Group cycling has become increasingly popular over the last while – and to be fair, there’s nothing quite like heading out with a gang of mates on a nice long spin on a sunny Sunday morning (if the weather plays ball!).
The company is nice – presuming you’ve picked your fellow riders carefully! – and a bit of buffering from the wind is no bad thing either, but cycling in a group is not all upside. Many cyclists will know roads that aren’t equipped for one cyclist, never mind a veritable peleton, so when it comes to group cycling it’s important to consider some of the different issues you might encounter.
With a little preparation, and awareness on the road, you’ll find few better ways to pass an afternoon – but before you saddle up, there’s a few things to think about…
Have clear methods of communication
Verbal or non-verbal, it doesn’t matter; communicate up and down the line in ways that everyone will understand. Whether it’s traffic about to merge or a pesky pothole up ahead, your group needs to know what’s going on around them, and being able to give clear messages and indications is paramount. Cyclingireland.ie have some great guides to signs and signals for cyclists to use when out in groups.
Hold the line – always
You need to always cycle in a steady, straight line, following the person you’ve designated as the lead rider. Motorists and other road users will find it far easier to anticipate – and react to – your group’s movements if everyone’s singing from the same hymn sheet. On a similar note, if you’re changing lead riders, try to do it in the smoothest, safest manner possible – fanning out en masse can be a recipe for disaster.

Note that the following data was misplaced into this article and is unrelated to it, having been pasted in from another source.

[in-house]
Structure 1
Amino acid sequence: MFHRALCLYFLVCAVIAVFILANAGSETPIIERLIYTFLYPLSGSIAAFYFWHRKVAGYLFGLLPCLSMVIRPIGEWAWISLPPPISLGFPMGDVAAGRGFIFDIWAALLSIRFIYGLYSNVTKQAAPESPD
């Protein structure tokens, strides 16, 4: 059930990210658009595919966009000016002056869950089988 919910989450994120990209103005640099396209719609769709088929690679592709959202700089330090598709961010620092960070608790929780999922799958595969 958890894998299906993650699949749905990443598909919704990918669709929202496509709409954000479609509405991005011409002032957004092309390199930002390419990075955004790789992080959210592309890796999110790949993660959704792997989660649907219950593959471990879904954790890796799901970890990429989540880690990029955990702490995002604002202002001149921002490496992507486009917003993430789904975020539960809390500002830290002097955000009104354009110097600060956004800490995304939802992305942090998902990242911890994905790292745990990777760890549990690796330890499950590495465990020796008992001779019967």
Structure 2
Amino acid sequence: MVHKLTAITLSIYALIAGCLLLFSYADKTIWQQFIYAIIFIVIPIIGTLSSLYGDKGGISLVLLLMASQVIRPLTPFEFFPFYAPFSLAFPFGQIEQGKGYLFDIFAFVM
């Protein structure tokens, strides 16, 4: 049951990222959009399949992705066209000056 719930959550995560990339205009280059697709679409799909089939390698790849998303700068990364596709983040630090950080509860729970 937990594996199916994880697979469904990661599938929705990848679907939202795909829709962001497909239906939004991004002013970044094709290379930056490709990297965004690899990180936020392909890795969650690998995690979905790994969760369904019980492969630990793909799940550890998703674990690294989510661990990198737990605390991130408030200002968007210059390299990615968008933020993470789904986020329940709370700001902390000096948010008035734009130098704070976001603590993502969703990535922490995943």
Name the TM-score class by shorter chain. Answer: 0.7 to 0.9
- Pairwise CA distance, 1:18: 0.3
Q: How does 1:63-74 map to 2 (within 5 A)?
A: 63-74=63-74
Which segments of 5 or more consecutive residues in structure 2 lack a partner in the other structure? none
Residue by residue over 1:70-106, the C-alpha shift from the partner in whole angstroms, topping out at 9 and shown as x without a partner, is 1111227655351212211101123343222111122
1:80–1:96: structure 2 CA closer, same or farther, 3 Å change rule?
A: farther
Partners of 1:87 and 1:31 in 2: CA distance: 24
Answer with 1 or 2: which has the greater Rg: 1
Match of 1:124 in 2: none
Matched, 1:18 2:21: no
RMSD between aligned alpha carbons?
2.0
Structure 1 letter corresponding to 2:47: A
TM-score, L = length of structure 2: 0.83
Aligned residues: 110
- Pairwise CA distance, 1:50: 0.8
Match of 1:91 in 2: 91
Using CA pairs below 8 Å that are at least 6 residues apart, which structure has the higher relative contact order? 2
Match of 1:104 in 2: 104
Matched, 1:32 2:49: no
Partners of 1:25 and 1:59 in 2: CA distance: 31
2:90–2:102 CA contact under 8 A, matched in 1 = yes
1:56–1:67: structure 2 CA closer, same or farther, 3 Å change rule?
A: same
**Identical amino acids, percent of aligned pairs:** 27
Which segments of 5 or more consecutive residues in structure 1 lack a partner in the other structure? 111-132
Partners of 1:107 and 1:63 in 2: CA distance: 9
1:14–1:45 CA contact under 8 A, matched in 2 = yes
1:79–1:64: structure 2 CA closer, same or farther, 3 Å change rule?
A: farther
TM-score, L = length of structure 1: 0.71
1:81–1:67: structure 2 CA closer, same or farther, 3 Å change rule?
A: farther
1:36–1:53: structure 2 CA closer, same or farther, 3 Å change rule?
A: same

The rules of the road still apply
Cyclists are bound to the same rules of the road as every other road user – and being part of a group doesn’t change that. On any national public roads in Ireland, you should never be cycling with more than two cyclists abreast; you should also be prepared to split and single out to facilitate other traffic.
Bigger groups will need to split up
If there’s a particularly big group of you out for the day, you’ll need to split into smaller teams. Cycling clubs are excellent at doing this properly, dividing riders according to speed and ability. If you’re not part of a cycling group, it’s well worth a try; you should consider it to actually get some experience of group cycling in a safely manner that’s not going to compromise you.
Time your trip
This might seem obvious, but a bit of planning goes a long way. Unless there’s some major event on, traffic congestion should be far lower on Saturdays and Sunday mornings – hence why you’ll see so many groups out and about early at the weekend. If you’re planning on heading out with friends as the summer approaches, try to ensure your spins won’t coincide with rush hour traffic, and check the local press so you’d don’t ride straight into a festival crowd or something else to throw your day awry!
It’s still on you
Always remember that even when you’re in a group, your own personal safety and responsibility rests with you. Don’t assume that your colleagues will always spot dangers lurking, and exercise the same levels of awareness and vigilance you would when riding on your own.